Tag Archives: corporate

AP’s Story on TN Corporate Contributions Law (with some added notes)

By Erik Schelzig
NASHVILLE, Tenn. — A new Tennessee law opens the door to businesses making campaign donations directly to candidates (and raises the amount of money that all political donars can give).
Gov. Bill Haslam, who signed the bill into law on Wednesday, told reporters earlier that he did not take a position on the bill sponsored by fellow Republican lawmakers that gave businesses the same contribution abilities as political action committees.
“I know the argument would be if unions and PACs and others give, why can’t corporations give at that same limit?” he said. “I was fine if that happened or didn’t happen, to be honest with you, as long as that limit is in place.”
Under the state’s previous law, most businesses were limited to running PACs funded through voluntary contributions from employees. Limited partnerships were allowed to make donations, but did not make significant contributions to candidates.
An Associated Press analysis of campaign finance records shows that state candidates received about $41 million in donations during in the 2009-2010 campaign cycle. Individual donors gave $28 million, or 68 percent, while PACs accounted for $9.6 million, or 24 percent. Candidates and businesses both gave less than $2 million, or 4 percent each.

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Haslam Bill Signings: Collective Bargaining, Corporate Contributions, Photo ID, Etc.

(Note: Updates & expands earlier post.)
Gov. Bill Haslam today signed into law legislation to change collective bargaining between teacher unions and school boards as well as a bill legalizing direct corporate contributions to Tennessee political campaigns, a spokesman says.
Both HB130, the collective bargaining bill, and the corporate contributions bill, SB1915, were written to become effective as soon as the governor affixed his signature.
The collective bargaining bill, in its final version, abolishes collective bargaining on some subjects but allows “collaborative conferencing” to continue on other subjects, including basic pay, but not merit or differential pay.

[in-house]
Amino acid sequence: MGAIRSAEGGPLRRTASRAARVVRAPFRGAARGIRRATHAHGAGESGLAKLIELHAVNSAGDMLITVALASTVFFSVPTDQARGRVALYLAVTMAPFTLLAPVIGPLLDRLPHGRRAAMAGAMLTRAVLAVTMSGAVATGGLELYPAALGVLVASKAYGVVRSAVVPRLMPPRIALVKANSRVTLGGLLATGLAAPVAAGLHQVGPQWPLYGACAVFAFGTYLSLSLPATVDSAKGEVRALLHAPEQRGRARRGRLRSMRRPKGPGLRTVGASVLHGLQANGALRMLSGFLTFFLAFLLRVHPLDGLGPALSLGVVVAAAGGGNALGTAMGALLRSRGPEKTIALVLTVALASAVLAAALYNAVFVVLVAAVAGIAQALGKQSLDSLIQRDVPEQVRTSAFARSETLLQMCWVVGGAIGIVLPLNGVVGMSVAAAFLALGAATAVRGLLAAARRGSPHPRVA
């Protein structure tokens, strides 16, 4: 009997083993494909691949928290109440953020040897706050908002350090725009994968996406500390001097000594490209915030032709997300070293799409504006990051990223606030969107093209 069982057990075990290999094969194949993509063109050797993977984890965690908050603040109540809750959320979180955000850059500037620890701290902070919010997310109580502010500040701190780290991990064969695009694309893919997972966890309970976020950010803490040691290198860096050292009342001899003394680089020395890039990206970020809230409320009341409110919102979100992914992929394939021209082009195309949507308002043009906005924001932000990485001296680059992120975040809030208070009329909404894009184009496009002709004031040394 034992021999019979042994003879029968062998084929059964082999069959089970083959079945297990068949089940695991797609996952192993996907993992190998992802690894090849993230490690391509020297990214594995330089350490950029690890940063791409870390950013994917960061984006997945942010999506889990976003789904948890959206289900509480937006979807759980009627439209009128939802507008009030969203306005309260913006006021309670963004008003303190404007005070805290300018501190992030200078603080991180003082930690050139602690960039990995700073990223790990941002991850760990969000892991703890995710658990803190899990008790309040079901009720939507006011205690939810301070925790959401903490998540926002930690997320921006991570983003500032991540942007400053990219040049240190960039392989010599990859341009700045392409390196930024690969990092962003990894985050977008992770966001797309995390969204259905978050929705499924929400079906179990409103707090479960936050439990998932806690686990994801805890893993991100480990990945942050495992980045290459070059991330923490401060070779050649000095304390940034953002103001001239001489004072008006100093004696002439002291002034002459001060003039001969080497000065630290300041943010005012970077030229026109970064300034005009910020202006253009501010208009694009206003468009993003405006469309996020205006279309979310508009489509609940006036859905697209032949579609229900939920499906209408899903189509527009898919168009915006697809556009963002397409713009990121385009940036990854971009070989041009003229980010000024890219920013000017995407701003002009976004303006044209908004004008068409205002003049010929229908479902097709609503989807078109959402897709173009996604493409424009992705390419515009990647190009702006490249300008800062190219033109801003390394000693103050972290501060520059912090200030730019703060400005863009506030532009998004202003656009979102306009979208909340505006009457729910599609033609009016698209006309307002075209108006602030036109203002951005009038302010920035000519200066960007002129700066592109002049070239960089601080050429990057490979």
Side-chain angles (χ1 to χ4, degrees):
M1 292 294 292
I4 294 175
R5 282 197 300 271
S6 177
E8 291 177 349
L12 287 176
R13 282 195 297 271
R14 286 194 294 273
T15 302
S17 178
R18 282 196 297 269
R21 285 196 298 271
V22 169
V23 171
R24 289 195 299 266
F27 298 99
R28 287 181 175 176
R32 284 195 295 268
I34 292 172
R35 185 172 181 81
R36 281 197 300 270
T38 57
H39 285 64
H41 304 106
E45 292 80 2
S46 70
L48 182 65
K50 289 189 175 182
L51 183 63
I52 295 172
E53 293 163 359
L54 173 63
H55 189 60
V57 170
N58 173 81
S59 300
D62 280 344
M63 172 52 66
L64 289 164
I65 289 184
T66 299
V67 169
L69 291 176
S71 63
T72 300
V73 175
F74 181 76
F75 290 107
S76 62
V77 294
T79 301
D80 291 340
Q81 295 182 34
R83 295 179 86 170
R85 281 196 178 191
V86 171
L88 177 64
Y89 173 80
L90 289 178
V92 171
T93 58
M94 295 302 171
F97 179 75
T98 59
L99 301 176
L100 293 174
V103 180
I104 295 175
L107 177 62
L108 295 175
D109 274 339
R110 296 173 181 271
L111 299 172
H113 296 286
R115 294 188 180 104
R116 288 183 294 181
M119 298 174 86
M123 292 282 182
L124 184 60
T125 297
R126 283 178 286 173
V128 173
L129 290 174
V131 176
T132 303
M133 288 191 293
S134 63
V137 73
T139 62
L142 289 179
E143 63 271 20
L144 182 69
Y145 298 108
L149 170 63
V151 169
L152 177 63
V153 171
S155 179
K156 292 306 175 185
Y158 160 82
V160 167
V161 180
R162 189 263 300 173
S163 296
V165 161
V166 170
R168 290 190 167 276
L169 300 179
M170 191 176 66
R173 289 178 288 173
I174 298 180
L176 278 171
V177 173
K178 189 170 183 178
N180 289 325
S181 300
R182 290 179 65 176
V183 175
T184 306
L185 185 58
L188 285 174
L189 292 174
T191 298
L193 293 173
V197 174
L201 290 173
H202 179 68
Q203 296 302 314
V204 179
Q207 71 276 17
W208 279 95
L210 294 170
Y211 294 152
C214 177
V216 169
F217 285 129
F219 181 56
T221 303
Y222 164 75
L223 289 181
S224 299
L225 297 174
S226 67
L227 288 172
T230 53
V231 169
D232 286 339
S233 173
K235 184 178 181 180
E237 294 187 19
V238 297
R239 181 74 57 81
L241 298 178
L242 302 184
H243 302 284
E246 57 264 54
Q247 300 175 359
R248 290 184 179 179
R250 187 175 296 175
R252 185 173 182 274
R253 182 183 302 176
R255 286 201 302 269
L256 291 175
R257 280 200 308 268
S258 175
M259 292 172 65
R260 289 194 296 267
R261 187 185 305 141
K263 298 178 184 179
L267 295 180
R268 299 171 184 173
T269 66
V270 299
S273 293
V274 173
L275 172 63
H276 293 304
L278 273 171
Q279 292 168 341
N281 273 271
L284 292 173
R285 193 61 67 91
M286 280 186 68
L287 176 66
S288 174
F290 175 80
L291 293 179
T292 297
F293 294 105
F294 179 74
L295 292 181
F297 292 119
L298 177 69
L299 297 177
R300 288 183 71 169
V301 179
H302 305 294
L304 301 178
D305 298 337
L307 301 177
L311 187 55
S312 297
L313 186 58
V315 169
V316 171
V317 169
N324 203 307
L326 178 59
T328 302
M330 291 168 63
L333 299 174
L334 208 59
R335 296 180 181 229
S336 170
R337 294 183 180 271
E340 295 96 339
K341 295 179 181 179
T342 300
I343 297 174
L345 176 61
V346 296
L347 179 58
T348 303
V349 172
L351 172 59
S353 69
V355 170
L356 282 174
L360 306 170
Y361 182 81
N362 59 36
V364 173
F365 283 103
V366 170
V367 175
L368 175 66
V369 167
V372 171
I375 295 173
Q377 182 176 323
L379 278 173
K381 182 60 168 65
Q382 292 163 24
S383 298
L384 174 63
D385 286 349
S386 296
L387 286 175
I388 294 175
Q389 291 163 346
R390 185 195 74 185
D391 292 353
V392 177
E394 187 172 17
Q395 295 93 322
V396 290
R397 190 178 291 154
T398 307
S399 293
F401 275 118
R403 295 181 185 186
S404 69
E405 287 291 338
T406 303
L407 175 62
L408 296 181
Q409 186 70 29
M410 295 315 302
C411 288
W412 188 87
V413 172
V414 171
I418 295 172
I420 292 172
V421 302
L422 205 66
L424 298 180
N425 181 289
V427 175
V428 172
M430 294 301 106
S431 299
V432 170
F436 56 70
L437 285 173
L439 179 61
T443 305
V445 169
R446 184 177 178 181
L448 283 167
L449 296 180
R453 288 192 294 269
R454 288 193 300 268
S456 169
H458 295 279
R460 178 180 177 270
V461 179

The campaign finance bill not only allows corporations to make direct donations to candidates for the first time in Tennessee, but also increases the size of donations that can be made under state law by about 40 percent. The bill also calls for increases in maximum contribution in the future as the consumer price index rises.
Also on the list of bills signed:
-SB16, the bill mandating a photo identification for voting.
-HB2156, authorizes 20 weeks of extended unemployment benefits for jobless Tennesseans.
-HB300, designed to make prosecution of “cyberbullying” easier.
-SB714, clears the way for private companies to operate “virtual schools” in Tennessee.
-HB386, makes it optional for each county to decide whether to have paper-trail ballots (as opposed to the mandate in original ‘Voter Confidence Act.’
-HB1114, grants investigation authority to state election coordinator.
-SB905, declares all non-teaching employees of school systems can be fired at will.
-HB693, abolishes pre-trial diversion for first-time criminal defendants
-HB1632, deals with capacity of communities to accept regugees from other countries
The full list of bills signed, as distributed today by the governor’s office, is available below.

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Direct Corporate Donations, Higher Contribution Limits Get Final OK

The House approved and sent to Gov. Bill Haslam today a bill that authorizes direct corporate contributions to political candidates in Tennessee for the first time.
The bill (SB1915) also raises the maximum contribution that individuals and political action committees can contribute to Tennessee politicians by about 40 percent.
The final House vote was 65-20. it passed the Senate 19-11 a day earlier. Haslam is expected to sign it into law.

Direct Corporate Political Contributions, Higher Contribution Limits Approved on Party-Line Votes

(Note: This updates and replaces earlier post)
Direct corporate contributions to political candidates will be legalized in Tennessee and the amount that can be given by all contributors will be be raised by about 40 percent under legislation approved by House and Senate committees Tuesday.
For political action committees, for example, the maximum donation will increase from $7,500 to $10,700 and adjusted upward for inflation in future years. Corporations will be treated as if they were PACs under the bill, SB1915.
Under sponsorship of Senate Speaker Pro Tempore Jamie Woodson, R-Knoxville, the bill was approved on a party-line vote by the Senate State and Local Government Committee Tuesday morning.
The House State and Local Government Committee approved it about three hours later on voice vote in the Republican majority committee. Chairman Curry Todd, R-Collierville, dismissed House Democratic Caucus Chairman Mike Turner’s request for a recorded, roll-call vote.

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